BANQUO
What, you're not asleep yet? The king's in bed. He's been unusually pleased, and has given gift after gift to your servants. This diamond he wants to give to your wife for being such an attentive hostess and ensuring his total comfort.



MACBETH
Being unprepared,
Our will became the servant to defect,
Which else should free have wrought.

MACBETH
Unprepared as we were for his visit, we could only be imperfect hosts. Had we been prepared everything would have been much better.

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20

BANQUO
All's well.
I dreamt last night of the three weird sisters:
To you they have showed some truth.

BANQUO
All is well. I had a dream last night about the three witches. Some of their predictions about you have proven true.




MACBETH
I think not of them.
Yet, when we can entreat an hour to serve,
We would spend it in some words upon that business,
If you would grant the time.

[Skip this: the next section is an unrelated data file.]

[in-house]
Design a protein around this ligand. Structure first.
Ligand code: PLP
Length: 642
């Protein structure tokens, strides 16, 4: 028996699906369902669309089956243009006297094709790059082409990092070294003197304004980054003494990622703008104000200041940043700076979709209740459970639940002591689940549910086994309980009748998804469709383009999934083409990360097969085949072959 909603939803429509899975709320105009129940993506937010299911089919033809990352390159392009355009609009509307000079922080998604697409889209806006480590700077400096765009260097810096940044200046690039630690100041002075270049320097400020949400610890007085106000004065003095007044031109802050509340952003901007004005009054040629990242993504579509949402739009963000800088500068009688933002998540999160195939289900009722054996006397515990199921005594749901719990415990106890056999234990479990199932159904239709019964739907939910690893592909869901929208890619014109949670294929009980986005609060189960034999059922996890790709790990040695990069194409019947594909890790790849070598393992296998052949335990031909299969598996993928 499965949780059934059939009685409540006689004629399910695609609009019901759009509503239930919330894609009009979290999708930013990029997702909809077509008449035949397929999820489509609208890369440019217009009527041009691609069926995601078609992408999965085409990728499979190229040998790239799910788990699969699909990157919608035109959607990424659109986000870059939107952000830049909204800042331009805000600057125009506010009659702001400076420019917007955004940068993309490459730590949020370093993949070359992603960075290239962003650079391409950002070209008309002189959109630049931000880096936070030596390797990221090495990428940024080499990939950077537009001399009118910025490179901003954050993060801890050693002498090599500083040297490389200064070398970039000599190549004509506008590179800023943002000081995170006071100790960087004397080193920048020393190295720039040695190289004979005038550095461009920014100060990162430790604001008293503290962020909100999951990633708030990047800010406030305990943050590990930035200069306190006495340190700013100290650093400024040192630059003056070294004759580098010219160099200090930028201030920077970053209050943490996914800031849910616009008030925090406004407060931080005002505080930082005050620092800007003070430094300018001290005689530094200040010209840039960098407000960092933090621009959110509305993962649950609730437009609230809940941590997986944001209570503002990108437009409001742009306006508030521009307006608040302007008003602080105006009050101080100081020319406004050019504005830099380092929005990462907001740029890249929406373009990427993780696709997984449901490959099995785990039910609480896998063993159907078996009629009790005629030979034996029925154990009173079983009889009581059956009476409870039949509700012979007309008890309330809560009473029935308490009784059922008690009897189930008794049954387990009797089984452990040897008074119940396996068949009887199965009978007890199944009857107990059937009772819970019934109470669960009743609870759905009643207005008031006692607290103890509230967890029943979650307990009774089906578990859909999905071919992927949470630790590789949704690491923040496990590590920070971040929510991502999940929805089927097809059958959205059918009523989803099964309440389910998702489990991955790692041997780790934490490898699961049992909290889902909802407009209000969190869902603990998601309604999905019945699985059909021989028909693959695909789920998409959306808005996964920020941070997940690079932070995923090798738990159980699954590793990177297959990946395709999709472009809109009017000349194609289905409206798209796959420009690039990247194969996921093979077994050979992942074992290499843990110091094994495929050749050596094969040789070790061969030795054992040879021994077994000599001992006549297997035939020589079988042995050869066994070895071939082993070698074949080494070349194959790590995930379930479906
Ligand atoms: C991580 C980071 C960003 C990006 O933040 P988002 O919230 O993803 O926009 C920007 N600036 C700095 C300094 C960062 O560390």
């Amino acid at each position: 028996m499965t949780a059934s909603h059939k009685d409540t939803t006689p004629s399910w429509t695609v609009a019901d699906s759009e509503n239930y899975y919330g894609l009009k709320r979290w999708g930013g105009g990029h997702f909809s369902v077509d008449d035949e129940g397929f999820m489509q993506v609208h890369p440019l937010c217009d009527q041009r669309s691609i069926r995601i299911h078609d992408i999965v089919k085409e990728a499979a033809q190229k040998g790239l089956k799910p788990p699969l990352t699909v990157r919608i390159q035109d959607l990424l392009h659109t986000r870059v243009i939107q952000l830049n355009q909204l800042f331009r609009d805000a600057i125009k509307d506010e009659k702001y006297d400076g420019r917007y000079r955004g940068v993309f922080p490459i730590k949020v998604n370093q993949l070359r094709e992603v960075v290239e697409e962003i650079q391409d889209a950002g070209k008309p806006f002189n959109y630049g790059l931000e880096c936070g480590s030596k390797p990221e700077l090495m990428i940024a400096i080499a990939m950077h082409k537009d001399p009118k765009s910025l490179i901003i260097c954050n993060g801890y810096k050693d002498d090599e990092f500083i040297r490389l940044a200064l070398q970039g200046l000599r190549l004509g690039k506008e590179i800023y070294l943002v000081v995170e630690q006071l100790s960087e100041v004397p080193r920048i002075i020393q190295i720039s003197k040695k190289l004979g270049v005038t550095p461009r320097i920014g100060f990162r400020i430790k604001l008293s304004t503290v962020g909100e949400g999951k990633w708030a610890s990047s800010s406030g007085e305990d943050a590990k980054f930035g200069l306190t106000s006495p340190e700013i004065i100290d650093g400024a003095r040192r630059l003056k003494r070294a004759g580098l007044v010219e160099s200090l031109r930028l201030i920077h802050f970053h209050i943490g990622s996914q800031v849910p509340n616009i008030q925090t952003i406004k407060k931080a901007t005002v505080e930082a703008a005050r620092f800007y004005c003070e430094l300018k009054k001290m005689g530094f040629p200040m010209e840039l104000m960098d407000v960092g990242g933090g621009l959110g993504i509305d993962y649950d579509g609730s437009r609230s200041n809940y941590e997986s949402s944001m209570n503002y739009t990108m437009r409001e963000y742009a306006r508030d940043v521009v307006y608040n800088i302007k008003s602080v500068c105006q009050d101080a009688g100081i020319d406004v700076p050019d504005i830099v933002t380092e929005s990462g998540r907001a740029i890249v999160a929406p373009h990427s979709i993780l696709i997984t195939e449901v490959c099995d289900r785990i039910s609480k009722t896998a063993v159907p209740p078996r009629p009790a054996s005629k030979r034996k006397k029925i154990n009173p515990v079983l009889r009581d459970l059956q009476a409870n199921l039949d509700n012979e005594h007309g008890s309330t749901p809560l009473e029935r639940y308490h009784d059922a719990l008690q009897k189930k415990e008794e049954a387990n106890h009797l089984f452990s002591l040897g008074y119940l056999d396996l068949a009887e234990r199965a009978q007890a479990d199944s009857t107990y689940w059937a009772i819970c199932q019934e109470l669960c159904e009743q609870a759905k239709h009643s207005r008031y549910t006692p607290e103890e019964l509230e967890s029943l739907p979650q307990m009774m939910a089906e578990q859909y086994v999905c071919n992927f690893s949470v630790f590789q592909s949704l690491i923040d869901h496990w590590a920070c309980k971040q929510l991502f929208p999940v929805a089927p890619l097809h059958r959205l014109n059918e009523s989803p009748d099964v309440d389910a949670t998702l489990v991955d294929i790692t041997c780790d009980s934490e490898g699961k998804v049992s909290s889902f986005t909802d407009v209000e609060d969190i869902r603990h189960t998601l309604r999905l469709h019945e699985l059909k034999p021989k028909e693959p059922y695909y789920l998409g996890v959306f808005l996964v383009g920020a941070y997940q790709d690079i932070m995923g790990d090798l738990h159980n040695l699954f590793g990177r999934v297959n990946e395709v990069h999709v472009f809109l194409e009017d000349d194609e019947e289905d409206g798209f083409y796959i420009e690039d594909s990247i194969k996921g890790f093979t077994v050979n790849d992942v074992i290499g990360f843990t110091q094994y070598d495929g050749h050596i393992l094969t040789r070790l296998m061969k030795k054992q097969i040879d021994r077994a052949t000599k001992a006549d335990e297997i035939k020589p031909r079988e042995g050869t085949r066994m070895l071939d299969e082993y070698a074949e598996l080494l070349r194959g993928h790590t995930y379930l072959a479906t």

MACBETH
I don't think about them. But when we have an hour to spare I'd like to talk about it a bit more, if you'd be willing.

BANQUO
At your kind'st leisure.

BANQUO
Whenever you like.

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25

MACBETH
If you shall cleave to my consent, when 'tis,
It shall make honor for you.

MACBETH
If you will agree to follow me when the time comes, it will result in more honor for you.




BANQUO
So I lose none
In seeking to augment it, but still keep
My bosom franchised and allegiance clear,
I shall be counselled.

BANQUO
As long as I don't lose any honor in trying to gain more, and keep a clear conscience, I will listen to you.

MACBETH
Good repose the while!

MACBETH
In the meantime, rest well.

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30

BANQUO